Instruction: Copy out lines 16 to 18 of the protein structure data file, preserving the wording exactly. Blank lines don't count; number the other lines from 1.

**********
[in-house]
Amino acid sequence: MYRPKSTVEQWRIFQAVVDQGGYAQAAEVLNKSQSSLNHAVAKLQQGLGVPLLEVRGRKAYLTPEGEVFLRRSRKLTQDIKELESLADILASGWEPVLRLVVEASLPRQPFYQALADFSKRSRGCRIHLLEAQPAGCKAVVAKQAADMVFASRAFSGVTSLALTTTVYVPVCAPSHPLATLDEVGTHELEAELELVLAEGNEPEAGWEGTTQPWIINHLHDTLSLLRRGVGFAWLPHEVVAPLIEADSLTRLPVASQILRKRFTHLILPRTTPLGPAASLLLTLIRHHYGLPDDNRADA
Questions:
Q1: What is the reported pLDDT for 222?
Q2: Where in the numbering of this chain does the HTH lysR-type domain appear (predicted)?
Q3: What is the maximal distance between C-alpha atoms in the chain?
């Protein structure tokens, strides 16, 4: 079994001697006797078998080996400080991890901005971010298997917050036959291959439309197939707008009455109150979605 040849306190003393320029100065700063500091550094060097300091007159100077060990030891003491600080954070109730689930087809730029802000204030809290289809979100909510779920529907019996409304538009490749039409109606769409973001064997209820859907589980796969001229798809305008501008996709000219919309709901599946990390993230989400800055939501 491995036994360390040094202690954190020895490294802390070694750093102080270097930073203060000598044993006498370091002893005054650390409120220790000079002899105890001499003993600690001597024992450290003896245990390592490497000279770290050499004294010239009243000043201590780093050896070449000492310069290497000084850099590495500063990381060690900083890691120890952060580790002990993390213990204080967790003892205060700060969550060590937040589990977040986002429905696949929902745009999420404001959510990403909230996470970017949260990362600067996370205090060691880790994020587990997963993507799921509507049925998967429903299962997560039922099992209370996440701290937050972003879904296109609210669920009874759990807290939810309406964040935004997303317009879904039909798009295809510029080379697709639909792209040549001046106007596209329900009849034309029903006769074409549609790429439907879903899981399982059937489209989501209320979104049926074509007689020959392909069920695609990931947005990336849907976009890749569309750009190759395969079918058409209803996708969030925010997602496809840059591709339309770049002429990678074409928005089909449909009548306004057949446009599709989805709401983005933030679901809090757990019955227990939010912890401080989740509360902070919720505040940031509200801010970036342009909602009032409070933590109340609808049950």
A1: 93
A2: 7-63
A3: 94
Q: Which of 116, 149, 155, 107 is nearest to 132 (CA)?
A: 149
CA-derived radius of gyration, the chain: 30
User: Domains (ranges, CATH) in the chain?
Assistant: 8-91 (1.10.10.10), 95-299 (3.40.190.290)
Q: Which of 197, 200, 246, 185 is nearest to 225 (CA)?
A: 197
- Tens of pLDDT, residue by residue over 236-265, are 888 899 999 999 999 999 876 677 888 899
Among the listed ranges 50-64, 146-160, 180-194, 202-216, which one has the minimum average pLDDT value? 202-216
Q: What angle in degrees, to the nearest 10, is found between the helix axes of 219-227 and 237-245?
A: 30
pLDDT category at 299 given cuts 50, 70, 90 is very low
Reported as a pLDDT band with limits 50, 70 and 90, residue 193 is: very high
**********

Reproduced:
Q: Which of 197, 200, 246, 185 is nearest to 225 (CA)?
A: 197
- Tens of pLDDT, residue by residue over 236-265, are 888 899 999 999 999 999 876 677 888 899